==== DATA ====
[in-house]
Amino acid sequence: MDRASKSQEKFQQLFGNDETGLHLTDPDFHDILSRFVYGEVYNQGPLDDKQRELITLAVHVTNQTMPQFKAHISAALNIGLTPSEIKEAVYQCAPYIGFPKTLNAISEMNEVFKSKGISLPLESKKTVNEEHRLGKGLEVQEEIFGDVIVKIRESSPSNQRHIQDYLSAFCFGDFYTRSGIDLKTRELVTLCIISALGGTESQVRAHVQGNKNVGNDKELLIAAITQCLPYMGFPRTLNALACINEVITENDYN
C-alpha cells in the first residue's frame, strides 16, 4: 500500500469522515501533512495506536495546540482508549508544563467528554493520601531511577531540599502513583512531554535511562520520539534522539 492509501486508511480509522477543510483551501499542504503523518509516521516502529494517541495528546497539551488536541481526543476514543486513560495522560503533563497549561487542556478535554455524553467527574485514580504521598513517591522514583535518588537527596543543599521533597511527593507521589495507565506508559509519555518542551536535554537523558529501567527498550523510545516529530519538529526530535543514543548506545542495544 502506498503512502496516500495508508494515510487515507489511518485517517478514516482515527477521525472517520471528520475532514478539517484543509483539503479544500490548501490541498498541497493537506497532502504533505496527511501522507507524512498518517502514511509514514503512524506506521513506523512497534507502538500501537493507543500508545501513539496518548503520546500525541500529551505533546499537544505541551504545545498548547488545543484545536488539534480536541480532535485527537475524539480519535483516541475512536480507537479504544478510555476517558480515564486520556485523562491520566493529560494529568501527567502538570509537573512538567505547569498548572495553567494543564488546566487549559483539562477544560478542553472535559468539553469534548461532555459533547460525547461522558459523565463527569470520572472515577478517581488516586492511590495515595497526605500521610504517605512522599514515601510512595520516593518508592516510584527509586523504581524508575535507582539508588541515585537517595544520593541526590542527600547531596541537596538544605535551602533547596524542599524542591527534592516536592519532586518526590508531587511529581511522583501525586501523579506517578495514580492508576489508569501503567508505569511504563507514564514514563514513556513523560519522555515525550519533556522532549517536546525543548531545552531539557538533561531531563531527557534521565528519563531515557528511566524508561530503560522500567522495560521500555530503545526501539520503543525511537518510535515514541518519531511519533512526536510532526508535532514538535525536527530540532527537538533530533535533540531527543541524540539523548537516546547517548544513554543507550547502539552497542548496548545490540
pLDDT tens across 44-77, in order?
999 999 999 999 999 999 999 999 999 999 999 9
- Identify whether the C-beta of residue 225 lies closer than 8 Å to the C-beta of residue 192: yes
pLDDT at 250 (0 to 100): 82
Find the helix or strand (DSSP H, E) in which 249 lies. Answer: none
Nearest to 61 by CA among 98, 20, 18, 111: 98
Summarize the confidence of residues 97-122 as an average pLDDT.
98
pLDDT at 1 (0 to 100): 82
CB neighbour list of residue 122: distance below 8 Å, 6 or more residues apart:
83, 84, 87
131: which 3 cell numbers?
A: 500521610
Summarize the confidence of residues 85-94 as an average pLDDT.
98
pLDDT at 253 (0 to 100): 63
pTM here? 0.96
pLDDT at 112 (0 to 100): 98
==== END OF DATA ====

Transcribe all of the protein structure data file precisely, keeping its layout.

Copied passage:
[in-house]
Amino acid sequence: MDRASKSQEKFQQLFGNDETGLHLTDPDFHDILSRFVYGEVYNQGPLDDKQRELITLAVHVTNQTMPQFKAHISAALNIGLTPSEIKEAVYQCAPYIGFPKTLNAISEMNEVFKSKGISLPLESKKTVNEEHRLGKGLEVQEEIFGDVIVKIRESSPSNQRHIQDYLSAFCFGDFYTRSGIDLKTRELVTLCIISALGGTESQVRAHVQGNKNVGNDKELLIAAITQCLPYMGFPRTLNALACINEVITENDYN
C-alpha cells in the first residue's frame, strides 16, 4: 500500500469522515501533512495506536495546540482508549508544563467528554493520601531511577531540599502513583512531554535511562520520539534522539 492509501486508511480509522477543510483551501499542504503523518509516521516502529494517541495528546497539551488536541481526543476514543486513560495522560503533563497549561487542556478535554455524553467527574485514580504521598513517591522514583535518588537527596543543599521533597511527593507521589495507565506508559509519555518542551536535554537523558529501567527498550523510545516529530519538529526530535543514543548506545542495544 502506498503512502496516500495508508494515510487515507489511518485517517478514516482515527477521525472517520471528520475532514478539517484543509483539503479544500490548501490541498498541497493537506497532502504533505496527511501522507507524512498518517502514511509514514503512524506506521513506523512497534507502538500501537493507543500508545501513539496518548503520546500525541500529551505533546499537544505541551504545545498548547488545543484545536488539534480536541480532535485527537475524539480519535483516541475512536480507537479504544478510555476517558480515564486520556485523562491520566493529560494529568501527567502538570509537573512538567505547569498548572495553567494543564488546566487549559483539562477544560478542553472535559468539553469534548461532555459533547460525547461522558459523565463527569470520572472515577478517581488516586492511590495515595497526605500521610504517605512522599514515601510512595520516593518508592516510584527509586523504581524508575535507582539508588541515585537517595544520593541526590542527600547531596541537596538544605535551602533547596524542599524542591527534592516536592519532586518526590508531587511529581511522583501525586501523579506517578495514580492508576489508569501503567508505569511504563507514564514514563514513556513523560519522555515525550519533556522532549517536546525543548531545552531539557538533561531531563531527557534521565528519563531515557528511566524508561530503560522500567522495560521500555530503545526501539520503543525511537518510535515514541518519531511519533512526536510532526508535532514538535525536527530540532527537538533530533535533540531527543541524540539523548537516546547517548544513554543507550547502539552497542548496548545490540
pLDDT tens across 44-77, in order?
999 999 999 999 999 999 999 999 999 999 999 9
- Identify whether the C-beta of residue 225 lies closer than 8 Å to the C-beta of residue 192: yes
pLDDT at 250 (0 to 100): 82
Find the helix or strand (DSSP H, E) in which 249 lies. Answer: none
Nearest to 61 by CA among 98, 20, 18, 111: 98
Summarize the confidence of residues 97-122 as an average pLDDT.
98
pLDDT at 1 (0 to 100): 82
CB neighbour list of residue 122: distance below 8 Å, 6 or more residues apart:
83, 84, 87
131: which 3 cell numbers?
A: 500521610
Summarize the confidence of residues 85-94 as an average pLDDT.
98
pLDDT at 253 (0 to 100): 63
pTM here? 0.96
pLDDT at 112 (0 to 100): 98